And yet, I know that there must have been once, and there might still well be, people who’d like these shakers exactly on their own terms, as nostalgic reminders of something that matters to their owner, perhaps, or as the perfect thing to put on the table when company’s coming and you’re putting out your special lurid orange company dinnerware. It’s easy to understand how someone with a lurid orange dinnerware set might be happy to own these things. What might be less easy to understand is why I have them. Why, if I fell so much disdain for them, do I have them?
The answer to that question has something to do with irony. I think these shakers are ugly, and yet I still like them. I like them ironically, in quotes, sort of. The same goes for just about all of the shakers in my collections. I enjoy having them at least in part because I think they’re so ugly, so silly, so just plain wrong. I like them for being awful, in ways that make me laugh or, sometimes, give me insight into the culture that chose to make them and sell them and buy them and declare them cute.
And yet I have to admit that I feel a little guilty about that. Not much, but enough to worry about it a little. Isn’t it just a tad arrogant of me to enjoy these objects for what I perceive as their inherent awfulness, just a teeny bit supercilious and condescending? It certainly seems to imply that, in my malicious pleasure, I’m revealing how much I might look down on people whose response to shakers like these was less tainted by irony.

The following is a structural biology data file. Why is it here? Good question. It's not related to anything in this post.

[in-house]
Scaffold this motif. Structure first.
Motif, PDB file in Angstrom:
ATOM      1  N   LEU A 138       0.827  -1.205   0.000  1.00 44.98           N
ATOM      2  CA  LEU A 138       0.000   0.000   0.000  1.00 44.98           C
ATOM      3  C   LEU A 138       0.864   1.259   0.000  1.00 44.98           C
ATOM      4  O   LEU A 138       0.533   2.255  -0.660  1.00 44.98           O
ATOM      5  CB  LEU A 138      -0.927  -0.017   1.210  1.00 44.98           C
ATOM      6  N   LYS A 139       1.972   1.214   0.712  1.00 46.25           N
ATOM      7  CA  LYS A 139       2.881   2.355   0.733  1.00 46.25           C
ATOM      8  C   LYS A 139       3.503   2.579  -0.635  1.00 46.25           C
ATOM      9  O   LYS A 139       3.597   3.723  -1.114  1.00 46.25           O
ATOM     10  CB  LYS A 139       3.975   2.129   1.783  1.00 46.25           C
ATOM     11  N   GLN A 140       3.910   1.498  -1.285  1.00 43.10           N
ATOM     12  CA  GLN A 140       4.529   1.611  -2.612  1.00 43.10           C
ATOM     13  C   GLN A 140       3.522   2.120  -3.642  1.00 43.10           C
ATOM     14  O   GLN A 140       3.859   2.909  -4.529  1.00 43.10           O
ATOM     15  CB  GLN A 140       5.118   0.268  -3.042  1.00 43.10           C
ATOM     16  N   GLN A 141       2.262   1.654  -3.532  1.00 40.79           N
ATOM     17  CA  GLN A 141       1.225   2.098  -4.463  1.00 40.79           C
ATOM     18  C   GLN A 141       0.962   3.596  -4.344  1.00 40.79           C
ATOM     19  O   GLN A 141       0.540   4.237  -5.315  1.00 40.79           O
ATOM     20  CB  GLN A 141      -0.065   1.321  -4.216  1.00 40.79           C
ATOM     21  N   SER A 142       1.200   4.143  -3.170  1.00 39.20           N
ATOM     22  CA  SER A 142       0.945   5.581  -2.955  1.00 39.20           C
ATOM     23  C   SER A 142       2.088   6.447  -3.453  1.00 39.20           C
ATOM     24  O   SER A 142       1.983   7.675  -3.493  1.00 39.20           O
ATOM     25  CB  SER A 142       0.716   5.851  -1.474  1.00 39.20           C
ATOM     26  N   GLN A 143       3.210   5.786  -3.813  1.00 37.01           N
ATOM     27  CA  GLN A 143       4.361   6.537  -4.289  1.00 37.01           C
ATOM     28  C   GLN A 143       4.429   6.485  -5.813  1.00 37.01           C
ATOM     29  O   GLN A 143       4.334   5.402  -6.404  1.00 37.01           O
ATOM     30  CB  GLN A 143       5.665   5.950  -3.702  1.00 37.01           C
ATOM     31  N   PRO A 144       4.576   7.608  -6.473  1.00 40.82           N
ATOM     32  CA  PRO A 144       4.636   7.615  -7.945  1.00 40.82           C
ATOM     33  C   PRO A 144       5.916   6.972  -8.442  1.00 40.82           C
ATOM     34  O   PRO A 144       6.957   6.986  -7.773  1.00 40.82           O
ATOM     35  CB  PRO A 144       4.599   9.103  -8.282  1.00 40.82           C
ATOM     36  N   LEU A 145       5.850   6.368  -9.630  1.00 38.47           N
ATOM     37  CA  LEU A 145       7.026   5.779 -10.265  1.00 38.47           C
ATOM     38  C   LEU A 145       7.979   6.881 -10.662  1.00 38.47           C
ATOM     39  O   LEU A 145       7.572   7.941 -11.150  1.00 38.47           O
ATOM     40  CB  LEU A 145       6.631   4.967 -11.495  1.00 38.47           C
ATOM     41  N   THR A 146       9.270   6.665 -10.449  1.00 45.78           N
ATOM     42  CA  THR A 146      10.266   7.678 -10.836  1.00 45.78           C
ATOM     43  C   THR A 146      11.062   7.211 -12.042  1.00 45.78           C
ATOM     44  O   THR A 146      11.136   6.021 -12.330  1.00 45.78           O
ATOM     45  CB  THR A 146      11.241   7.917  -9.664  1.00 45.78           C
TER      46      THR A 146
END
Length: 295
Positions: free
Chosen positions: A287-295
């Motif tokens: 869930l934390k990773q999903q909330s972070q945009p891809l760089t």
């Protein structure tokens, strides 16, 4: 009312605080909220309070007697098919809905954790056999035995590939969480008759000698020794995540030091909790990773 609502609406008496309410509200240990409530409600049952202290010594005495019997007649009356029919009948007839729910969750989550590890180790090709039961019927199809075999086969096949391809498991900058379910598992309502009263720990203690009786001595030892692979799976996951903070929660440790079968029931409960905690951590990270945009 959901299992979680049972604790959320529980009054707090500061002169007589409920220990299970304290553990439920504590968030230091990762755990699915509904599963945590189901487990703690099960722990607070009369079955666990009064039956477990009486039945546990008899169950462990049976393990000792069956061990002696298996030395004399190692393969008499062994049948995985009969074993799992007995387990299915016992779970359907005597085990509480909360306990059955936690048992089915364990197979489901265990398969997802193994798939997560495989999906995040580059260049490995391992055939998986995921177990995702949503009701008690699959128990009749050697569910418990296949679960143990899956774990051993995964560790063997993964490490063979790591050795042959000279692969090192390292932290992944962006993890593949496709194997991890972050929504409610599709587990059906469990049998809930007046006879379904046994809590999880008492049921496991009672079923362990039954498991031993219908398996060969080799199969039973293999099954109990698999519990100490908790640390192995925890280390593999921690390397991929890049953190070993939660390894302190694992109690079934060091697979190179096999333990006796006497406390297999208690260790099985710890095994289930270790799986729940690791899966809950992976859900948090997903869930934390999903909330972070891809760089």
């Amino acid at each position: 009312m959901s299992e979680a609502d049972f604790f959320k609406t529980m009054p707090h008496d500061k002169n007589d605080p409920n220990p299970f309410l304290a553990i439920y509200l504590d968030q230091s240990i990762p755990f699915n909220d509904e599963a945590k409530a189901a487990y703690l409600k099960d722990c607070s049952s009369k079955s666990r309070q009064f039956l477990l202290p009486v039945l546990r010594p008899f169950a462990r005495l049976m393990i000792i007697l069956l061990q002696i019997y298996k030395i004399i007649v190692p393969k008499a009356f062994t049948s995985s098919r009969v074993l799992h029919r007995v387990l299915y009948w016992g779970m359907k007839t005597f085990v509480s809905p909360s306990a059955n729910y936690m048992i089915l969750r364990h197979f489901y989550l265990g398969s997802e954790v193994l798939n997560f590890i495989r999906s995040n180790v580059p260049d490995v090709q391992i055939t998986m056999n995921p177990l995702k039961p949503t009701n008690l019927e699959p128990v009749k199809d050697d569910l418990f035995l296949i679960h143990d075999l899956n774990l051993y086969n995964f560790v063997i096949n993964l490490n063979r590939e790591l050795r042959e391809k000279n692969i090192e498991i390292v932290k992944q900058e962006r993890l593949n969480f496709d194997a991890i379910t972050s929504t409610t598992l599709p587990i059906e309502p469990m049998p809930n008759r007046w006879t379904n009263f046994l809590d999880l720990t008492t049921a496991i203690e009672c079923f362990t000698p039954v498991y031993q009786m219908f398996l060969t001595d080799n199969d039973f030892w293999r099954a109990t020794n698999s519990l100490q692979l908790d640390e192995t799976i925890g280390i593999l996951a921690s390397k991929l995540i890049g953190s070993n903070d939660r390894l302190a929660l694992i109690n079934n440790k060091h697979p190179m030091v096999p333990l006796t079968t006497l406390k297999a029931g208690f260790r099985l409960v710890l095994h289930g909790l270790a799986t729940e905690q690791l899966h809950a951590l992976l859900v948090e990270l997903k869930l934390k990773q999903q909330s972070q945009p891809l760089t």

I know such people exist. For a year or so, as a result of a gift subscription, I was a member of an organization called the Novelty Salt & Pepper Shakers Club. According to its website, this is “a collectors club comprised of members from around the world with various backgrounds who have one thing in common – the love of collecting novelty and figural salt and pepper shakers. . . . Our purpose is to provide services and education to people interested in the history and the collection of novelty and figural salt and pepper shakers.” As well as publishing a newsletter, the Club also hosts an annual convention where members mingle and, among other things, enter a display contest in which they arrange their shakers into groups in a miniature landscape and a costume contest in which they themselves dress as their favourite shaker sets. Now I suppose it’s possible that some of these Club members wear their costumes with irony–as a sort of camp masquerade revealing their actual distance from and disdain for and dislike of the role they purport to take on. But I suspect that’s rarely the case; mostly, I guess from the descriptions of these contests in newsletters, they’re just having good fun and a good time.
I admire them for their ability to do that. I really do. But I also know that their enthusiastic adoption of good fun and good times have little to do with my own reasons for having my shaker collection and adding to it and writing snide things about it here. I have to face it: the members of the Novelty Salt and Pepper Shakers Club are nicer people than I am.